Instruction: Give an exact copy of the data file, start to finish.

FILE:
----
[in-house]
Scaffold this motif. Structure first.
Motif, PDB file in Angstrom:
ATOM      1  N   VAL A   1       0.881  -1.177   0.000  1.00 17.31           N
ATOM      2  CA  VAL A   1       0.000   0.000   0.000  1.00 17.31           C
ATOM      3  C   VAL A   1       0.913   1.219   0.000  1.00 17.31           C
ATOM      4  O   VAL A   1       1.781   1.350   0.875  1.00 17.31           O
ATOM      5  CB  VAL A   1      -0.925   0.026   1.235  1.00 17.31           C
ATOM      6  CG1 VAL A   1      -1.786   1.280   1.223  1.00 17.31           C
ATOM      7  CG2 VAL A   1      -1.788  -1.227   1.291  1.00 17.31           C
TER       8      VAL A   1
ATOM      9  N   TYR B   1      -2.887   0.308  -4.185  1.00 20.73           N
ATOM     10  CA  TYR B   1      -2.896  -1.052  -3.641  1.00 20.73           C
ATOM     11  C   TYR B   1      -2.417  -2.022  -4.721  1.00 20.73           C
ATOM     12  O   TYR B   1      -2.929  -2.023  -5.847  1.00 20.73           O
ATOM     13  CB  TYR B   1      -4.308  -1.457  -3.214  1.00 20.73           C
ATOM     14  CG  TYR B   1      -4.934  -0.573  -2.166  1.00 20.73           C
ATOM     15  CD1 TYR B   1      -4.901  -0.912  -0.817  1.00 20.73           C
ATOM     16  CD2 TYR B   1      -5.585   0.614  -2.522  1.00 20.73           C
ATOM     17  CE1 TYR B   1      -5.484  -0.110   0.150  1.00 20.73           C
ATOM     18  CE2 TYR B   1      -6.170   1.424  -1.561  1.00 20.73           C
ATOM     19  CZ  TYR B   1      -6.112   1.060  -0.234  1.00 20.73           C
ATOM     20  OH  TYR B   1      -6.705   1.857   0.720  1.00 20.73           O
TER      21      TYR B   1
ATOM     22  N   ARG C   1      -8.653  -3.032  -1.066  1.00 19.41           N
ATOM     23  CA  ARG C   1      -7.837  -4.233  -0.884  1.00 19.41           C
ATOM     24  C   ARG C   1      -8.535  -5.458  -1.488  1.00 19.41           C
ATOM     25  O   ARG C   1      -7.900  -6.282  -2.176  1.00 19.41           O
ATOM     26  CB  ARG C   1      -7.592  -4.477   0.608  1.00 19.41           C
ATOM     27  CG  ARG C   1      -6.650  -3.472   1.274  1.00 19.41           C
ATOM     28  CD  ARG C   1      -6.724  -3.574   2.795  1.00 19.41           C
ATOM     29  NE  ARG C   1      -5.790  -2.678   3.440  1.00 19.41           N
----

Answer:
[in-house]
Scaffold this motif. Structure first.
Motif, PDB file in Angstrom:
ATOM      1  N   VAL A   1       0.881  -1.177   0.000  1.00 17.31           N
ATOM      2  CA  VAL A   1       0.000   0.000   0.000  1.00 17.31           C
ATOM      3  C   VAL A   1       0.913   1.219   0.000  1.00 17.31           C
ATOM      4  O   VAL A   1       1.781   1.350   0.875  1.00 17.31           O
ATOM      5  CB  VAL A   1      -0.925   0.026   1.235  1.00 17.31           C
ATOM      6  CG1 VAL A   1      -1.786   1.280   1.223  1.00 17.31           C
ATOM      7  CG2 VAL A   1      -1.788  -1.227   1.291  1.00 17.31           C
TER       8      VAL A   1
ATOM      9  N   TYR B   1      -2.887   0.308  -4.185  1.00 20.73           N
ATOM     10  CA  TYR B   1      -2.896  -1.052  -3.641  1.00 20.73           C
ATOM     11  C   TYR B   1      -2.417  -2.022  -4.721  1.00 20.73           C
ATOM     12  O   TYR B   1      -2.929  -2.023  -5.847  1.00 20.73           O
ATOM     13  CB  TYR B   1      -4.308  -1.457  -3.214  1.00 20.73           C
ATOM     14  CG  TYR B   1      -4.934  -0.573  -2.166  1.00 20.73           C
ATOM     15  CD1 TYR B   1      -4.901  -0.912  -0.817  1.00 20.73           C
ATOM     16  CD2 TYR B   1      -5.585   0.614  -2.522  1.00 20.73           C
ATOM     17  CE1 TYR B   1      -5.484  -0.110   0.150  1.00 20.73           C
ATOM     18  CE2 TYR B   1      -6.170   1.424  -1.561  1.00 20.73           C
ATOM     19  CZ  TYR B   1      -6.112   1.060  -0.234  1.00 20.73           C
ATOM     20  OH  TYR B   1      -6.705   1.857   0.720  1.00 20.73           O
TER      21      TYR B   1
ATOM     22  N   ARG C   1      -8.653  -3.032  -1.066  1.00 19.41           N
ATOM     23  CA  ARG C   1      -7.837  -4.233  -0.884  1.00 19.41           C
ATOM     24  C   ARG C   1      -8.535  -5.458  -1.488  1.00 19.41           C
ATOM     25  O   ARG C   1      -7.900  -6.282  -2.176  1.00 19.41           O
ATOM     26  CB  ARG C   1      -7.592  -4.477   0.608  1.00 19.41           C
ATOM     27  CG  ARG C   1      -6.650  -3.472   1.274  1.00 19.41           C
ATOM     28  CD  ARG C   1      -6.724  -3.574   2.795  1.00 19.41           C
ATOM     29  NE  ARG C   1      -5.790  -2.678   3.440  1.00 19.41           N